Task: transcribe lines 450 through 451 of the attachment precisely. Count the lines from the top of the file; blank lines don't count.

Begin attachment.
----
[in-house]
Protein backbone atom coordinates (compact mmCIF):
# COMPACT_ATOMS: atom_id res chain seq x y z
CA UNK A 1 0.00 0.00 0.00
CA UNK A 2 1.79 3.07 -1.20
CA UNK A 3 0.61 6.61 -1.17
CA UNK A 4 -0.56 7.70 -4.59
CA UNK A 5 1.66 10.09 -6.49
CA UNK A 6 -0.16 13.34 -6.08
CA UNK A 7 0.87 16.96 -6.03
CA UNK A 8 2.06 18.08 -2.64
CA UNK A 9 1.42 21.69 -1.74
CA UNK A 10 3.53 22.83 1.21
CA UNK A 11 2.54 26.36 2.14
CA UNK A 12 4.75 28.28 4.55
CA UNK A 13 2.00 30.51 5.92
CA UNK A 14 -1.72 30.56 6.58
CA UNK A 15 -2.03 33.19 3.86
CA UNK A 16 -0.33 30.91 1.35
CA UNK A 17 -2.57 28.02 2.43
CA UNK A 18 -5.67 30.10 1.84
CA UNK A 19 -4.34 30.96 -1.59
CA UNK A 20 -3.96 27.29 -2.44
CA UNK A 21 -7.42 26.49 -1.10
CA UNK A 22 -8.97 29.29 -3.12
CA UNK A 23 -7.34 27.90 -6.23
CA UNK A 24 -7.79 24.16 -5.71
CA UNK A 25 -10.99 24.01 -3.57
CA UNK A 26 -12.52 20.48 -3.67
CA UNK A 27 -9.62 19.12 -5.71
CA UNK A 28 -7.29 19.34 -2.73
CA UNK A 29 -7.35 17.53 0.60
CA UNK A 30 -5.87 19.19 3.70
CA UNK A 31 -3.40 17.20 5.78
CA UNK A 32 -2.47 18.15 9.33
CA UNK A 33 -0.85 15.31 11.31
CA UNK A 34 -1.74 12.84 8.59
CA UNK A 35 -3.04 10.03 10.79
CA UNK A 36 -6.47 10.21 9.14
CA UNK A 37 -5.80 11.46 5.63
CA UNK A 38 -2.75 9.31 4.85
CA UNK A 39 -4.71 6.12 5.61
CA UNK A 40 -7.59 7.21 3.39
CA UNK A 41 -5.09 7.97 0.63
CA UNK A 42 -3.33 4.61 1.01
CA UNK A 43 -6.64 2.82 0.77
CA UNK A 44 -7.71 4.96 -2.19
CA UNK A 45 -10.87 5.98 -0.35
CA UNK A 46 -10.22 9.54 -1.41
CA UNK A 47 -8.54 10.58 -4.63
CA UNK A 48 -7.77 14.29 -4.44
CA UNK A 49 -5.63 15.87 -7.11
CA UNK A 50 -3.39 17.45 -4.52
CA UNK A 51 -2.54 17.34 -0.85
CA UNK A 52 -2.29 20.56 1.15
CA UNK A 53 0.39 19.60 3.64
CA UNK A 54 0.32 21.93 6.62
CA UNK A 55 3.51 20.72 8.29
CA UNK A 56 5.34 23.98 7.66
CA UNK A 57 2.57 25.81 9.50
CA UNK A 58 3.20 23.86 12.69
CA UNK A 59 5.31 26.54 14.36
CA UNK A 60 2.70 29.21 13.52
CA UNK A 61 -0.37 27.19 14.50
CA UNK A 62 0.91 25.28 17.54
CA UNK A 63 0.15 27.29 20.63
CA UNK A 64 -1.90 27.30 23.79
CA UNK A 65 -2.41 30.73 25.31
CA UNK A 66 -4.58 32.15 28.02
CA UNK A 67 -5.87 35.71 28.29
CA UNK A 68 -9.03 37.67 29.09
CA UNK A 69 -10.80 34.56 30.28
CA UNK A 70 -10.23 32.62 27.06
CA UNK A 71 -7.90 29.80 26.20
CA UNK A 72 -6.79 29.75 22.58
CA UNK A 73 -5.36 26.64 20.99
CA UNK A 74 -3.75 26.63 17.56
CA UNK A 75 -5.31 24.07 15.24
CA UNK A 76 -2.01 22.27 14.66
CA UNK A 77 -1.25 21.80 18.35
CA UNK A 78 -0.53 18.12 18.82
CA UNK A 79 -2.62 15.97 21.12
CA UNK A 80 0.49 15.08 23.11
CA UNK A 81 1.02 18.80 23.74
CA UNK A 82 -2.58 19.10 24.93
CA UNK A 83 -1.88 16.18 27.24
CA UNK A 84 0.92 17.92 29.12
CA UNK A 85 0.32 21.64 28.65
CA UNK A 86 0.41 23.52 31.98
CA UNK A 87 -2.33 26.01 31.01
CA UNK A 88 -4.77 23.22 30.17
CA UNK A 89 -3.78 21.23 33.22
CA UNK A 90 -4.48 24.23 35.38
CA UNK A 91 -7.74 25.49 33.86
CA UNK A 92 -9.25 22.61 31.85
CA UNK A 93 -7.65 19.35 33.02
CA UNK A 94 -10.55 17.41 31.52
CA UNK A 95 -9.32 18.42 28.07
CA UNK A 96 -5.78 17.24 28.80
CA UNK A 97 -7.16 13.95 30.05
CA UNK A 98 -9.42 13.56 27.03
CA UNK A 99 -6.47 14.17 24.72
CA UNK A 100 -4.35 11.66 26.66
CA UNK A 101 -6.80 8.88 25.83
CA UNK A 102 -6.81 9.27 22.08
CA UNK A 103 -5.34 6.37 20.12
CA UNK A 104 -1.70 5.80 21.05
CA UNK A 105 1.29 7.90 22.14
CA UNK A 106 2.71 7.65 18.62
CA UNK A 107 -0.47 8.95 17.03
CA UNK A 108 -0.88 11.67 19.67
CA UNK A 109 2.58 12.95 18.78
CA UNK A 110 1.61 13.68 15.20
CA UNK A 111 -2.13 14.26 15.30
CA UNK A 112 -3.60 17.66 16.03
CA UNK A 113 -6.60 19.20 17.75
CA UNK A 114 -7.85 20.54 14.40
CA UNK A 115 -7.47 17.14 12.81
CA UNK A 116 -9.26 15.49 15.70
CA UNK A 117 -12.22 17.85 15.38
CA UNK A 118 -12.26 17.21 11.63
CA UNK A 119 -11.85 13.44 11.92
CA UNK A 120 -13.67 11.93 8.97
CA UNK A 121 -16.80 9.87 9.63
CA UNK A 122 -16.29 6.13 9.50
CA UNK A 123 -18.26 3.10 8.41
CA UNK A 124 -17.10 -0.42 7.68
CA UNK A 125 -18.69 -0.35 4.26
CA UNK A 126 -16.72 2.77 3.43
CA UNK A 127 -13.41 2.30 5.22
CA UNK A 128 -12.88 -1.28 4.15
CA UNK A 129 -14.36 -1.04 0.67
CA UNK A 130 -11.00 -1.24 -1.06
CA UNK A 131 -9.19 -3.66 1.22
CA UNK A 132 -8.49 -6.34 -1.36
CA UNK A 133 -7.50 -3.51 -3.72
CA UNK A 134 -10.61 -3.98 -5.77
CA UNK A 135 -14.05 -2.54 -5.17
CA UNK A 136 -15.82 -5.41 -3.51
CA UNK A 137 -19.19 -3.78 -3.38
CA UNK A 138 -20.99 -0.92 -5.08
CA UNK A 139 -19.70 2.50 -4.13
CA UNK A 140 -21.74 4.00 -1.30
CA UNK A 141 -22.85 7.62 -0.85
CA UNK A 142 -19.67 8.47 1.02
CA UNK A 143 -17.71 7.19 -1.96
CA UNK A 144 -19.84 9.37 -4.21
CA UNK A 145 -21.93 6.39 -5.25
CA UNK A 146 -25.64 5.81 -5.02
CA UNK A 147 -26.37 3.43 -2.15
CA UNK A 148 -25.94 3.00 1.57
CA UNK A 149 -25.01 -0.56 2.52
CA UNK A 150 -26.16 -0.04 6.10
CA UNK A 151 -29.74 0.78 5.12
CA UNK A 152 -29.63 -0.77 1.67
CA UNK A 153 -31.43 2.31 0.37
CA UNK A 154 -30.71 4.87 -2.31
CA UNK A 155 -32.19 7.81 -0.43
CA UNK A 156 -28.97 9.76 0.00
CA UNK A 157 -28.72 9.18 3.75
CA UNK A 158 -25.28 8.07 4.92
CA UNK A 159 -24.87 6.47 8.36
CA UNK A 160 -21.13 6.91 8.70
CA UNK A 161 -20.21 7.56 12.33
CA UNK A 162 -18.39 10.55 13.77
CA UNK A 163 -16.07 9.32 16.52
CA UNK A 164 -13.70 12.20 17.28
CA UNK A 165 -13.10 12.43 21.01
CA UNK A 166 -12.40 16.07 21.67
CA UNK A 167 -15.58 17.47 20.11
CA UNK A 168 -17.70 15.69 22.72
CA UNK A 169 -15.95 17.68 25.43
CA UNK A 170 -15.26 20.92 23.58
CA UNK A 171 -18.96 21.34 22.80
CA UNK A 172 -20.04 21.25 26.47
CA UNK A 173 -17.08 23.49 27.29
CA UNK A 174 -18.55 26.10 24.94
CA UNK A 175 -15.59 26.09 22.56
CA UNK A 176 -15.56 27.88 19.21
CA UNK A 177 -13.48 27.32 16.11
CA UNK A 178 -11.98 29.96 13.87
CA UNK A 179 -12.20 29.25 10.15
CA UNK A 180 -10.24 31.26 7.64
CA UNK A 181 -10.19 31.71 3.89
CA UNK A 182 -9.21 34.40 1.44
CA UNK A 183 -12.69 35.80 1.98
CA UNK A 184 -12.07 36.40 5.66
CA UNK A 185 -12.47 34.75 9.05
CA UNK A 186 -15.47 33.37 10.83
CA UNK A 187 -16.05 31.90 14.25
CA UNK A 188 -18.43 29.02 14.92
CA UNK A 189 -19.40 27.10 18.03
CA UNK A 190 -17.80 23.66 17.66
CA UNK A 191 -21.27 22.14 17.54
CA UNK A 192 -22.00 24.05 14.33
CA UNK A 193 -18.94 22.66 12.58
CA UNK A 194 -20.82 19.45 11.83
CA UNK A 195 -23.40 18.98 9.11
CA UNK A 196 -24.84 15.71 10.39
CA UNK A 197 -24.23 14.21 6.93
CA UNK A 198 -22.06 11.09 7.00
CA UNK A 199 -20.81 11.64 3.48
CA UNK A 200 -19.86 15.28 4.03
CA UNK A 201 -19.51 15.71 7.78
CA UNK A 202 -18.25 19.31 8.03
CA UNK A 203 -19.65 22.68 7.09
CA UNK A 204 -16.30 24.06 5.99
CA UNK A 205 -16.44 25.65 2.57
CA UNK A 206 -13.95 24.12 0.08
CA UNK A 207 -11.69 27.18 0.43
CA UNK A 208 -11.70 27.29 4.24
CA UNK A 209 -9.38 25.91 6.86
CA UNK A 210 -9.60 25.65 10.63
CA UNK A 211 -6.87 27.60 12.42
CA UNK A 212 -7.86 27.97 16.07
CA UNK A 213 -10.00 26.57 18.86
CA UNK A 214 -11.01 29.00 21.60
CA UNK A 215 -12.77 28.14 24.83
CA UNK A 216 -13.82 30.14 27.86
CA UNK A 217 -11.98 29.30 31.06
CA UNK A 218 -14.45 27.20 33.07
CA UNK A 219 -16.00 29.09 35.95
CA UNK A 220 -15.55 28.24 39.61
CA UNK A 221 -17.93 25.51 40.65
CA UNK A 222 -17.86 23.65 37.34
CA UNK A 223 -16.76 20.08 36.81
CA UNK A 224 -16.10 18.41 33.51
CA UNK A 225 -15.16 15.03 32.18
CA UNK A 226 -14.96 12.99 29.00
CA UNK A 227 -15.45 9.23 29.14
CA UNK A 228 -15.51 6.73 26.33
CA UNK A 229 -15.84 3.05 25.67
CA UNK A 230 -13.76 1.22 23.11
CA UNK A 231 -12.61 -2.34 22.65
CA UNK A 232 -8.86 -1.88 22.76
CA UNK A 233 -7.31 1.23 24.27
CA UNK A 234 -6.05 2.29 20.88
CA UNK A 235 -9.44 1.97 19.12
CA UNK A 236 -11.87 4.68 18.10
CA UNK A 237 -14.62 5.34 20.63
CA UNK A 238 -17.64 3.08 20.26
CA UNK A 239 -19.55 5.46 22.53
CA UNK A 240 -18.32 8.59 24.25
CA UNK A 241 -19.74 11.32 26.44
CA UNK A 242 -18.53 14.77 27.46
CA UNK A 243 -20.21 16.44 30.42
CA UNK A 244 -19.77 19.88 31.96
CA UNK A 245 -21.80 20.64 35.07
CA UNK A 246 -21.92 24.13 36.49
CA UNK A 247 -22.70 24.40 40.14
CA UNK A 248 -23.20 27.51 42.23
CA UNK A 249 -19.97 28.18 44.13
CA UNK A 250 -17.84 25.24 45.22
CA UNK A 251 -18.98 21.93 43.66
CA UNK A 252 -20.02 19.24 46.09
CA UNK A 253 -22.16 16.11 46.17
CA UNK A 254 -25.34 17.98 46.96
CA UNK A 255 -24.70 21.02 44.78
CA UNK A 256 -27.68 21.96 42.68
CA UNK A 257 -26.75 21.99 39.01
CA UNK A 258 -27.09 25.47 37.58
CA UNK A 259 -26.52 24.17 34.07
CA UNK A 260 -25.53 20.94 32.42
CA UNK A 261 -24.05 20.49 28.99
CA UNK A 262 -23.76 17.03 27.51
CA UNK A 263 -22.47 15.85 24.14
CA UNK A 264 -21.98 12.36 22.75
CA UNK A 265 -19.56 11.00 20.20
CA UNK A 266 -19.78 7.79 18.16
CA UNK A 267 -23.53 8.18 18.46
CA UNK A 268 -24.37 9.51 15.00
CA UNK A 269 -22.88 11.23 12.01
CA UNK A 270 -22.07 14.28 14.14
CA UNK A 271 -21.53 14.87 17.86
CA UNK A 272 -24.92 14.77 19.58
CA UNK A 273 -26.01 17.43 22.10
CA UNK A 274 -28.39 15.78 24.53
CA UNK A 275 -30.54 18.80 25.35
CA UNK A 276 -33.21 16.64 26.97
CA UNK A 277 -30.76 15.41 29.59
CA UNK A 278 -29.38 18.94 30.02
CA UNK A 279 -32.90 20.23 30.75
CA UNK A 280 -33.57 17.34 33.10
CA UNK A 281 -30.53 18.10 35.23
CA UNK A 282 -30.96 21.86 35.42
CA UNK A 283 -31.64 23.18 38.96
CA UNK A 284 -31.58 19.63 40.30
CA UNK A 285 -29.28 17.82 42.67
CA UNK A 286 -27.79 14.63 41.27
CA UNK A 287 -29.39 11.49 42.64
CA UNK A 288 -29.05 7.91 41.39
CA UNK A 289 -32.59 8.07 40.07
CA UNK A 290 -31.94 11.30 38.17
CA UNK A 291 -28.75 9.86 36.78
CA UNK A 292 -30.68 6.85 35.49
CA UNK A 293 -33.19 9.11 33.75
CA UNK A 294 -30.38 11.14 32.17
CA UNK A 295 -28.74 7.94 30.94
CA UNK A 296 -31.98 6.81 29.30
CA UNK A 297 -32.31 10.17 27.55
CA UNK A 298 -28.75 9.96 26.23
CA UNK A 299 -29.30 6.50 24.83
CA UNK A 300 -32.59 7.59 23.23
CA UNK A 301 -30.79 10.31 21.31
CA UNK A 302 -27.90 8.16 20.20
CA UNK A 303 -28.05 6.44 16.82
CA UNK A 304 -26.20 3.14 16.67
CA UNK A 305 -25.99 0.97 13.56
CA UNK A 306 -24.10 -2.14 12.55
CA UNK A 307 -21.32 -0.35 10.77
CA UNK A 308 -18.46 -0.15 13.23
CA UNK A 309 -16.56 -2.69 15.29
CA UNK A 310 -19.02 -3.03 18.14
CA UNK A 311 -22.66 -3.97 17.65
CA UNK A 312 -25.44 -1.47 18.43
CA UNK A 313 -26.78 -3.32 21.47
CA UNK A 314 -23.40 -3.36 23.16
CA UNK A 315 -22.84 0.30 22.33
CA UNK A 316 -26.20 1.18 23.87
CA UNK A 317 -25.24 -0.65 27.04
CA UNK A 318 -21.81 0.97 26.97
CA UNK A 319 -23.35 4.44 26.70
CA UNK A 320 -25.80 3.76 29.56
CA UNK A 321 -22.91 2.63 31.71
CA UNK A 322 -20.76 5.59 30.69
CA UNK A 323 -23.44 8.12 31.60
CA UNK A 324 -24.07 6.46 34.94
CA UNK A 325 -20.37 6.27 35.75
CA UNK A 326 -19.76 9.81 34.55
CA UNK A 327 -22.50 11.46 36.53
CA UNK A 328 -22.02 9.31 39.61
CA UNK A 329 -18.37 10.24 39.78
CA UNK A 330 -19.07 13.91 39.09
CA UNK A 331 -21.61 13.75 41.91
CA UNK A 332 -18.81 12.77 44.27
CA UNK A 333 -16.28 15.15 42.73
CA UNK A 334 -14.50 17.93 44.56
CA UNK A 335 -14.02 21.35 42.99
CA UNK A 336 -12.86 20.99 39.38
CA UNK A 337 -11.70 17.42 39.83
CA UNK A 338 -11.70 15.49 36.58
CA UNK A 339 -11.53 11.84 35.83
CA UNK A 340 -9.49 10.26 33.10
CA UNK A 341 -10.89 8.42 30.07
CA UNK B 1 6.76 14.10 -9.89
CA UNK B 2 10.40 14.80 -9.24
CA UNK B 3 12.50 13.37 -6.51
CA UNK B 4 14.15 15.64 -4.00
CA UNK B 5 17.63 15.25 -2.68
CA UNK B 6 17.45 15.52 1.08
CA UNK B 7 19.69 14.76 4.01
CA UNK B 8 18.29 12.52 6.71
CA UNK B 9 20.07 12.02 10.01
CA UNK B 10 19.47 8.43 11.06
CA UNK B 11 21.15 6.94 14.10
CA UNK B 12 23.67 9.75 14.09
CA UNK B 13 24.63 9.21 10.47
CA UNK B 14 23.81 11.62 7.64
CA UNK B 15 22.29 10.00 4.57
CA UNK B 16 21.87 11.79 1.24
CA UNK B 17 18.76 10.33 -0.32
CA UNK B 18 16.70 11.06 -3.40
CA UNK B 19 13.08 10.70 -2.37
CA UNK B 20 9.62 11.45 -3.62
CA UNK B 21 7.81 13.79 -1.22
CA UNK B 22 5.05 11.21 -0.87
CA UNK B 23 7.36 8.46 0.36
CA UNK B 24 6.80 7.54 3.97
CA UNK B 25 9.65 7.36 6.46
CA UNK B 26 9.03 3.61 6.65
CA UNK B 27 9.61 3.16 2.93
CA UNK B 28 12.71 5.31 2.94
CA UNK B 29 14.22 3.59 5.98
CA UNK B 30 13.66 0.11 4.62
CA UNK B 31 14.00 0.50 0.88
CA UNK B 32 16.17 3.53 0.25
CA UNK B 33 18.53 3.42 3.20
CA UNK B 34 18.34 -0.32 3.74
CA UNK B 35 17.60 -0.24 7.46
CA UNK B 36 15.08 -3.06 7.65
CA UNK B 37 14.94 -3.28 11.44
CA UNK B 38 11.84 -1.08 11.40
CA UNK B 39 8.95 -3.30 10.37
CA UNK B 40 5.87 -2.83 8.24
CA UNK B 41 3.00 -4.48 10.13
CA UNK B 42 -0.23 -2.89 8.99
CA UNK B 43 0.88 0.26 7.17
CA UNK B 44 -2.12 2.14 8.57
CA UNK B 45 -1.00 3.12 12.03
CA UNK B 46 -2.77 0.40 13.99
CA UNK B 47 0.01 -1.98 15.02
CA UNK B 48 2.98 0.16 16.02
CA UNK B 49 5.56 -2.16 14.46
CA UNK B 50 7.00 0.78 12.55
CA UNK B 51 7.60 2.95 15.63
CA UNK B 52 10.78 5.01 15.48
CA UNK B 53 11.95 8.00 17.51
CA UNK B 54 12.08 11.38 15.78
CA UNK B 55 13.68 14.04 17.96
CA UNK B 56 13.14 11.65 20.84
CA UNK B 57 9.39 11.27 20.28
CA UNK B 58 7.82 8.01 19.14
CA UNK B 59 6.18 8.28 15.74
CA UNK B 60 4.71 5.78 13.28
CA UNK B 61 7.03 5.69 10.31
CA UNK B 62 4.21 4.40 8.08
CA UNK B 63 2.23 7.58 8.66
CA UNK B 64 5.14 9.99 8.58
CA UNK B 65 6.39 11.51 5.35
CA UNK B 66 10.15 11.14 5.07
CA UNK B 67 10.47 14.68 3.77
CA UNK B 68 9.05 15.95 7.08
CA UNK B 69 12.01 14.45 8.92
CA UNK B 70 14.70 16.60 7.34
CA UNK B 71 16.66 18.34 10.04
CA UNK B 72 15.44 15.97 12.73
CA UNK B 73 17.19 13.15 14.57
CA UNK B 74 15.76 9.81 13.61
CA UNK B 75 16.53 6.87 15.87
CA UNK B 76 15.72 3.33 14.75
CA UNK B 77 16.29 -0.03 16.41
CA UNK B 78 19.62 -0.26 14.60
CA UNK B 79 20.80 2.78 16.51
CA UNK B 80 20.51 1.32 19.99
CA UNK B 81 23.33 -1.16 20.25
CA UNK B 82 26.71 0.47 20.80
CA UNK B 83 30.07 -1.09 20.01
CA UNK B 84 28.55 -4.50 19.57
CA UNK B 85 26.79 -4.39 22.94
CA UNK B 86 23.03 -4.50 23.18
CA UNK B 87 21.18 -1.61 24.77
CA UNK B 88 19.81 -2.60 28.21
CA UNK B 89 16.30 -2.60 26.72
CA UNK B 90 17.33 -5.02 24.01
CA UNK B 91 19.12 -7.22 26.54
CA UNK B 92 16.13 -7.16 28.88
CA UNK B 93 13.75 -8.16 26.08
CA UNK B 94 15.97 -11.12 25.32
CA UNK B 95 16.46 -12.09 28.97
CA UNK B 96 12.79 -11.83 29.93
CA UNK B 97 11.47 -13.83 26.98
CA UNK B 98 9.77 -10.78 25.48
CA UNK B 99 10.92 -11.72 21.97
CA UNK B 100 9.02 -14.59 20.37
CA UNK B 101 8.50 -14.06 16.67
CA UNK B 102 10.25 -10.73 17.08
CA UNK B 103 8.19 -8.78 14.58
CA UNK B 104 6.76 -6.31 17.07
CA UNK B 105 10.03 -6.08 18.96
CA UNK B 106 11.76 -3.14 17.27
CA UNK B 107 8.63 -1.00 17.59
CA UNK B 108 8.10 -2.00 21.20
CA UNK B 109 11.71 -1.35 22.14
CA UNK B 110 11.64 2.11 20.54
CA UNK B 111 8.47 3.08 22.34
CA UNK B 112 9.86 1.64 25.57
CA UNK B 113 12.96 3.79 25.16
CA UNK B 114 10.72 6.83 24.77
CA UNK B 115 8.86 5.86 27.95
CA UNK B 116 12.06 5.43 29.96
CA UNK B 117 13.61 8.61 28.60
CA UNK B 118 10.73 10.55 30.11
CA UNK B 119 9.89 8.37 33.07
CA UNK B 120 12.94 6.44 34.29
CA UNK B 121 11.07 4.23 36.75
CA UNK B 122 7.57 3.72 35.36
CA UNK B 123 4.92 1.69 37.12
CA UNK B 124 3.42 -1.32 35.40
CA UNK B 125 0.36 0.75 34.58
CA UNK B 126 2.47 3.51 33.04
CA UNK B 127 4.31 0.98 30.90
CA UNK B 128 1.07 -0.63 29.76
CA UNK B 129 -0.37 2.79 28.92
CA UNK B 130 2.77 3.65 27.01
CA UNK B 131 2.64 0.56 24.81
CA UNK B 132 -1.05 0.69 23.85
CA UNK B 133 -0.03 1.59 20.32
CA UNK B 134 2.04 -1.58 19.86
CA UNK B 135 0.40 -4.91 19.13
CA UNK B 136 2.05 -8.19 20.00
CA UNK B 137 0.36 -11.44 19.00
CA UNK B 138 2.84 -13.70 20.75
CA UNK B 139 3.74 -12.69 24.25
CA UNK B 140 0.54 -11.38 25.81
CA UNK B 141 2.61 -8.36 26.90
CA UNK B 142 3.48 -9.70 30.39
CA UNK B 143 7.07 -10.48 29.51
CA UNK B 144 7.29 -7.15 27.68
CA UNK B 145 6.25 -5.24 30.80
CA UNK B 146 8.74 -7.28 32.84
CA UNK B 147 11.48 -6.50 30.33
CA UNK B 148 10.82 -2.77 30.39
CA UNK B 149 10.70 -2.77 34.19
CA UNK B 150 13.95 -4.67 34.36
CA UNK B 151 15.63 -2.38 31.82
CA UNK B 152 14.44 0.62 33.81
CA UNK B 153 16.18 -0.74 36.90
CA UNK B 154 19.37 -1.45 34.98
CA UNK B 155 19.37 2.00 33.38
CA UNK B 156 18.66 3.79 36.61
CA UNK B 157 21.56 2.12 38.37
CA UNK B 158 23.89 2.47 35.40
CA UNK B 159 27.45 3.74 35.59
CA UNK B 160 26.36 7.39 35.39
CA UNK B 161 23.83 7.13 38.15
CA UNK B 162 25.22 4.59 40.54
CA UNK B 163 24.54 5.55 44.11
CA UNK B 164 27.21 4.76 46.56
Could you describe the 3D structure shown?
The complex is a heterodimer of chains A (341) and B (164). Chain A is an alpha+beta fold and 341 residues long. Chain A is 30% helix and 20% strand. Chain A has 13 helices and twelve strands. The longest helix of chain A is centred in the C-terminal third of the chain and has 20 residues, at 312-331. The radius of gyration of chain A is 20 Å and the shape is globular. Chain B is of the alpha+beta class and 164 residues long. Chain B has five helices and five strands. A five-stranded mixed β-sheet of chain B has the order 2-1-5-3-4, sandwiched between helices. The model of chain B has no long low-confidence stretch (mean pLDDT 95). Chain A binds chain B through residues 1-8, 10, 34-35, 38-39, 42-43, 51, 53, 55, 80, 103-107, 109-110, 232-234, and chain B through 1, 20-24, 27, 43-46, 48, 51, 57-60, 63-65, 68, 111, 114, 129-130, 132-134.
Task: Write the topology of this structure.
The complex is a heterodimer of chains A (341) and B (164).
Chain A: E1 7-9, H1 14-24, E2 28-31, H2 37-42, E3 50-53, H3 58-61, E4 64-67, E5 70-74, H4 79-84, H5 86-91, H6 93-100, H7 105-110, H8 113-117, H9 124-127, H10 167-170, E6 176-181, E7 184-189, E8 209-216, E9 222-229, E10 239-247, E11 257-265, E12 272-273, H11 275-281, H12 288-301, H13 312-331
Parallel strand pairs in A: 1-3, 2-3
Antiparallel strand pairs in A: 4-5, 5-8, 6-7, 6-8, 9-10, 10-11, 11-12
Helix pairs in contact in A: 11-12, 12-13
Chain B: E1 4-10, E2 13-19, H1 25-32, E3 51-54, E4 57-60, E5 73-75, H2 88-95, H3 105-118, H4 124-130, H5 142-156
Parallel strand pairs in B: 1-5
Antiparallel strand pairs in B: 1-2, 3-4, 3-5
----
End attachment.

CA UNK B 106 11.76 -3.14 17.27
CA UNK B 107 8.63 -1.00 17.59